Illinois Democrats want to spike Rauner's Medicaid reboot
The Illinois General Assembly has quietly passed a bill that aims to unwind Gov. Bruce Rauner's Medicaid reboot.
The bill—which would essentially scuttle what could be the state's largest procurement ever—is now making its way to the governor, whose approval is a long shot. After all, back in February, Rauner called for overhauling a major Medicaid initiative known as managed care to rein in spending. The revamped program is expected to cost up to $13.5 billion a year, about 38% of the state budget passed in July.
Rauner has already named six winning bidders—private insurers, which are known as managed care organizations or MCOs, that administer Medicaid benefits to recipients. But critics contend the selection process wasn't transparent enough. Lawmakers still want to know, for example, who reviewed the bids and selected the winners.
"This is a way to try to unwind that process," said Sen. David Koehler, a downstate Democrat who is chief sponsor of the bill.
Koehler's bill would amend the Illinois Procurement Code, a roadmap of regulations for state contracting. The current code does not include contracts with MCOs. Currently, those are exempt from the state's traditional route of securing business (as are collective bargaining agreements and contracts between state agencies). Instead, the Illinois Department of Healthcare and Family Services, which implements Medicaid, a health insurance program for the poor and disabled, oversaw the bidding process in-house.
Both the state Senate and House passed the bill on Sunday, two days after Rauner awarded the bids.
"I'm sure (Rauner will) veto" the legislation, Koehler said. Even if he does, lawmakers could override the decision, said Rep. Greg Harris, a bill sponsor.
Rauner spokeswoman Laurel Patrick would not say if the governor planned to sign the bill, only that the legislation is under review.
In managed care, Illinois pays insurers to not only administer health insurance benefits, but also to focus on prevention and steer enrollees away from expensive ER and hospital visits. The overall goal is to keep Medicaid recipients healthy, ultimately saving taxpayers money.
Before insurers had to bid for contracts, 12 health plans managed the benefits for nearly two-thirds of the state's 3.2 million Medicaid recipients. Under Rauner's overhaul, 80% of Medicaid enrollees must choose or be assigned to a MCO, and the initiative will expand from 30 to all 102 counties in the state.
Ultimately, nine carriers bid for contracts. The winners are Blue Cross & Blue Shield of Illinois, the largest carrier in Illinois; CountyCare, a health plan run by the Cook County Health & Hospitals System; and the following insurers affiliated with national or regional carriers: Harmony Health Plan, IlliniCare Health Plan, Molina Healthcare of Illinois and Meridian Health.
The contracts, with initial four-year terms, are significant. Managed care now costs Illinois about $10.5 billion, but the tab is expected to increase to between $12.8 billion and $13.5 billion a year under Rauner's revamp because enrollment will increase, and health plans are paid a fixed amount of money per enrollee. But the state expects to save around $1 billion over four years partly because the MCOs have agreed to be paid less money.
The legislation is the second attempt this year to move MCO contracts under the state procurement code. In May, the bill didn't make it out of committee.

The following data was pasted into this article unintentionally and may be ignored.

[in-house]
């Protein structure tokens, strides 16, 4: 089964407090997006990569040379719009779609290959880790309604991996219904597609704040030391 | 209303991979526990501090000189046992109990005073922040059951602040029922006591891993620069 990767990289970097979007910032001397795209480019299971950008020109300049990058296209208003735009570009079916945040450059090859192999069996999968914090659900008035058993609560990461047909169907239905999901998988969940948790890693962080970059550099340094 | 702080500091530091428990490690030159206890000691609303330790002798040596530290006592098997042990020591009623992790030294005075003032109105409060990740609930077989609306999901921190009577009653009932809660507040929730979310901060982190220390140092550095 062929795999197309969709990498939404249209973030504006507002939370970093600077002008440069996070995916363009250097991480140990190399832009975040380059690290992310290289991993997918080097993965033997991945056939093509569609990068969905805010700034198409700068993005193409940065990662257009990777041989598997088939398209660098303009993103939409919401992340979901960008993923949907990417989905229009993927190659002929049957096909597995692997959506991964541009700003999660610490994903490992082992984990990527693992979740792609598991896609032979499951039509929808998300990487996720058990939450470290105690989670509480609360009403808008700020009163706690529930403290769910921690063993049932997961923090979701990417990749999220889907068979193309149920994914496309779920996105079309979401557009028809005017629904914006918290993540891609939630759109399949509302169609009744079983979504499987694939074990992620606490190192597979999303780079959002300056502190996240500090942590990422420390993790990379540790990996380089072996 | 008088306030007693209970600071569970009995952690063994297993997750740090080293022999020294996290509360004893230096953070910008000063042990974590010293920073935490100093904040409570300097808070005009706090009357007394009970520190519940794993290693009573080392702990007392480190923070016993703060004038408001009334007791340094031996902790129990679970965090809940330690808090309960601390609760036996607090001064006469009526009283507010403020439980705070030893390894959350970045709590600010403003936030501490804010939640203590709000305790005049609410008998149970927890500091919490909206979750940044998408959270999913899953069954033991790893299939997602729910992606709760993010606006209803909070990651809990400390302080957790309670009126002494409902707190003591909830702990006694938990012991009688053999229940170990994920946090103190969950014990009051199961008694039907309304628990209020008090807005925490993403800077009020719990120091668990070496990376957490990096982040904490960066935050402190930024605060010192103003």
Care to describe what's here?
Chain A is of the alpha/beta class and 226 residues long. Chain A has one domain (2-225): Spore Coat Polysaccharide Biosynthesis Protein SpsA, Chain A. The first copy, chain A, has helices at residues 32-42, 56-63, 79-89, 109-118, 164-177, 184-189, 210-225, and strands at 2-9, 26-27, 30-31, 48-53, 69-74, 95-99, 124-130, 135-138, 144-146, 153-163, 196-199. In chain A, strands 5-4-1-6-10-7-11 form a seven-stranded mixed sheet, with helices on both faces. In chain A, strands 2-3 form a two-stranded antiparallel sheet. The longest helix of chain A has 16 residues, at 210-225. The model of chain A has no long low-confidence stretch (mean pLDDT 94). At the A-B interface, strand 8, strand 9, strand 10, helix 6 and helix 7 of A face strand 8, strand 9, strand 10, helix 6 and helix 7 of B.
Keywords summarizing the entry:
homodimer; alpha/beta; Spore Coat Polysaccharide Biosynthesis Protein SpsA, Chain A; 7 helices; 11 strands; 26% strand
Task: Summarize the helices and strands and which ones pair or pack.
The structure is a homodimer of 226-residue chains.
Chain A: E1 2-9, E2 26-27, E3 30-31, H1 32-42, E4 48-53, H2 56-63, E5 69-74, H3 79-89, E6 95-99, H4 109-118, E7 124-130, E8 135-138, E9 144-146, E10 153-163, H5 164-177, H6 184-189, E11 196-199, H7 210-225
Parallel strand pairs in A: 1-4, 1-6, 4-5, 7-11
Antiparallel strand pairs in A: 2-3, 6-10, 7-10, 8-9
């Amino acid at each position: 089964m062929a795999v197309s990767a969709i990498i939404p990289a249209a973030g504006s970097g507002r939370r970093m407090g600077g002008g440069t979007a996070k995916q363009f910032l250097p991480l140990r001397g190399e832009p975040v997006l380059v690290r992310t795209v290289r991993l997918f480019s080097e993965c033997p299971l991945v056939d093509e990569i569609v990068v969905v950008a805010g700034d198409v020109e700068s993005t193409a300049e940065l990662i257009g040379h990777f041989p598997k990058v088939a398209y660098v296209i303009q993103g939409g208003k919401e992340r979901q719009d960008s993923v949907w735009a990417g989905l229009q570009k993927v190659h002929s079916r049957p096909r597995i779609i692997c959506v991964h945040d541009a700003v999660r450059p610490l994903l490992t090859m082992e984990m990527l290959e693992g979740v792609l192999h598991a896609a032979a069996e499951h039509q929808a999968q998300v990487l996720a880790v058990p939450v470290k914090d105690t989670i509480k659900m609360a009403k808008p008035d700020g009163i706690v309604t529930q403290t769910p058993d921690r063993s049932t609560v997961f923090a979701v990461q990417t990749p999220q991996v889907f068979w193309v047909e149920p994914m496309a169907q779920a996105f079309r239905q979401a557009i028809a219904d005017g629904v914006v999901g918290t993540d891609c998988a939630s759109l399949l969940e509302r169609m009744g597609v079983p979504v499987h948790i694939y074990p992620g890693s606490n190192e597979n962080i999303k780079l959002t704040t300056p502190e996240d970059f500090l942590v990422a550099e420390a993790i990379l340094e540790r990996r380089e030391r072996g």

But that was before Rauner announced the winning bidders. The bill was resurrected quickly—and passed the Illinois Senate with a 38-18 vote two days later—amid fresh concerns that no minority-owned companies won a bid, said Harris, a Chicago Democrat.
"This was one of the biggest selling points" in the managed care reboot, said Harris, a Chicago Democrat.
In a statement, John Hoffman, a spokesman for the healthcare and family services department, said that HFS "ensured that managed care reboot mirrored traditional procurements in every substantial aspect, including the integrity of evaluations, transparency and the use of objective measures. In addition, plans have been chosen through competitive statewide bidding for the first time ever in Illinois, using strict rules to ensure impartiality and prevent favoritism."
He added that, typical of procurement rules, HFS would not reveal who evaluated the bids to preserve the integrity of the process.
"We continue to move forward with a managed care reboot," Hoffman said in the statement. "We are not speculating on the possible effect of any pending legislation."
But the prospect of having to rebid leaves the MCOs in a lurch. For the winners, their new contracts begin on Jan. 1, leaving little time to add hospitals and doctors to their networks and inform patients who will have to switch health plans.
In a statement, Cook County Health CEO Dr. John Jay Shannon said the system is still preparing to provide coverage to Medicaid enrollees in 2018 despite the uncertainty around the pending legislation.
"It is our hope that there will be a quick resolution on this issue as it is essential that our members, and all individuals covered by Medicaid in the state, understand their coverage options for the coming year," Shannon said in the statement.
Representatives for Blue Cross, Molina, Harmony and Trusted Health Plan declined comment. A spokeswoman for NextLevel Health, a minority-owned firm that did not win a new contract, declined to comment as the insurer appeals the state's decision. Other insurers did not return messages or did not provide comment.
"Illinois Democrats want to spike Rauner's Medicaid reboot" originally appeared in Crain's Chicago Business.
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